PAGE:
5. You’re in a playful state of mind.
Nothing says embrace your inner child like a trip to Walt Disney World. It’s practically a trope that Disney makes you feel like a kid again. Allowing yourself to be playful opens your mind. It lets you explore ideas without fear of judgment or failure. It just lets you be curious, and maybe take an artistic risk or break a convention or two. When you’re strolling around Fantasyland with a camera in your hand, it’s easy to remember that it’s really all about enjoying the journey.
You knew this one was coming. Probably the first (and maybe the only) thing that came to mind with the title of this article. Fireworks. Every night you can catch some the most spectacular fireworks shows in the world at Disney’s Hollywood Studios, EPCOT, and, of course, Magic Kingdom. Being local to here, sometimes I forget that not everyone can go outside any night of the week and nail down their long exposure skills with a fireworks photo shoot. They are an art in an of themselves and I could have mentioned them under most of the other things on this list, but they deserve their own line item.
7. Everything has been done.
“Lisa, I thought this was a list of positives??” It is! Nothing at Disney hasn’t been photographed again and again and again by a million people. That was true before social media—it’s exponentially true now. But you know what that means? You can focus on the pictures that really matter. Capture your family in the foreground of the fireworks—or better yet, turn your camera on them entirely. If your uncle wants to see Happily Ever After when you get back, you can show him someone else’s YouTube video. And when you really do want to take another picture of the Castle or Spaceship Earth or that topiary at Flower & Garden, you can think outside of the box a little. Relax and enjoy your trip, and just take the pictures that matter to you in your own style.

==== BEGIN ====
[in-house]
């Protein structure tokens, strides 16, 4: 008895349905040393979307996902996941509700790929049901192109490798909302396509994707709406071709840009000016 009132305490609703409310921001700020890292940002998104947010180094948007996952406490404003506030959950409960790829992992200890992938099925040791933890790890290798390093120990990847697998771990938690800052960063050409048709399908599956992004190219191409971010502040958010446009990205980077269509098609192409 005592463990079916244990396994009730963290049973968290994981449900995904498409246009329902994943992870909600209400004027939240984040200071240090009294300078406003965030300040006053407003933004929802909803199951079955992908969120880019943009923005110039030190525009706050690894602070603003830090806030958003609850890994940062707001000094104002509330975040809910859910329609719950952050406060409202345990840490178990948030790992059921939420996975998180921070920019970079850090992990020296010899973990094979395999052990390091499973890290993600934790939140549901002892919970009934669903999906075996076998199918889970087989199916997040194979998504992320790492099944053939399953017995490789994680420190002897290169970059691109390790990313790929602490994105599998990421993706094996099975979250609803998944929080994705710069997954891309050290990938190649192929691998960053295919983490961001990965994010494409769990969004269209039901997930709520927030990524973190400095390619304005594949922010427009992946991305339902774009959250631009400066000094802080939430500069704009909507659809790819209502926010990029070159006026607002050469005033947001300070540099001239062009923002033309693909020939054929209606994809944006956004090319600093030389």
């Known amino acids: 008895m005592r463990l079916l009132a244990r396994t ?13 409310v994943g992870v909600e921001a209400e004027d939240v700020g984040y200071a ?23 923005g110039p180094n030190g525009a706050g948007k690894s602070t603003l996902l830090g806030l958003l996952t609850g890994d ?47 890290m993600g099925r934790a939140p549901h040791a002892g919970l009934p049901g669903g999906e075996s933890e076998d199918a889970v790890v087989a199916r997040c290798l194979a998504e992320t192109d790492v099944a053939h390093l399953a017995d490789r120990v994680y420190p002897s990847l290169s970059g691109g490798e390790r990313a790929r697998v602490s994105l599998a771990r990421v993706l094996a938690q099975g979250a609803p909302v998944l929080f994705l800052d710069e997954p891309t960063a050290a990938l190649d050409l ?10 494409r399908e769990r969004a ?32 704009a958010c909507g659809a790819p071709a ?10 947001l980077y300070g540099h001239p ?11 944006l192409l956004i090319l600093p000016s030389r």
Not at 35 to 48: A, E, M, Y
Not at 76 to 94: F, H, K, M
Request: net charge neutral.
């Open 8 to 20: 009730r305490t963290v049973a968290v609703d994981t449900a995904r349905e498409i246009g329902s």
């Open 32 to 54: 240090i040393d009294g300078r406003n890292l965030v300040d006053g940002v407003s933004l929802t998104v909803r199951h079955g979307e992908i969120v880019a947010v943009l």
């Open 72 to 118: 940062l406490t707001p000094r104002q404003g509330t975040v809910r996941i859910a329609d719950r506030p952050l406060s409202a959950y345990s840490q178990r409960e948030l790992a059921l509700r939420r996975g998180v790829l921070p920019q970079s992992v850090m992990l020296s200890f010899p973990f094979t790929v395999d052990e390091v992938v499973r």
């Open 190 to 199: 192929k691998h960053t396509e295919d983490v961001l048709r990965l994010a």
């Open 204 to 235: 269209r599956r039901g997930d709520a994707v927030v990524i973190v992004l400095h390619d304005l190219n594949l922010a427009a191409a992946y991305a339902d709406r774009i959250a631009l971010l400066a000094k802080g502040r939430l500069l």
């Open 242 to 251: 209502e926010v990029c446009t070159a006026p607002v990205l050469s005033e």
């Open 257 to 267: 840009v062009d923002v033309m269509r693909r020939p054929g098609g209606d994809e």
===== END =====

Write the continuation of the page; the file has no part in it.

8. You can still be in the family pictures!
One of only bad things about being the designated family photographer is that you’re generally not in a lot of the family photos. One of the great things about Disney, though, is that they have really great PhotoPass photographers all over the parks. You’ll find them in green shirts, and they’re there to take your picture! The pictures are a pretty reasonable add on to your park tickets or annual pass and are a great way of making sure that you’ve got pictures of the whole family. (Plus sometimes they’ll even add a little magic…)
9. The Photography Community.
The photography community at Disney is full of so many talented, encouraging people. Dip your toes into the space in different Facebook groups or on Instagram and you’ll find some of the most creative people in the space. It’s so inspiring to see their takes on the things that we all see every day and I’m constantly finding myself inspired to try out new techniques or vantage points.
10. You’ll be equipped to capture moments like this.
You’re all together, relaxed, and focused on each other. Like we’ve said before, all of the basic photos have been taken, so don’t worry about those. This is why you bought the camera, anyway.
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If you’re missing home (or love someone who is) and are looking for a way to bring the magic home, I’d love for you to check out my photography prints over at Thousand Circles Images. Use code IHEARTWDW February 9-11, 2024 for 20% off any item on the site, and shipping is always free no matter where you are!
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Please join me on Instagram for my day-to-day adventures living a mile from the magic.
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You can find my complete guide to running trails on Walt Disney World property RIGHT HERE.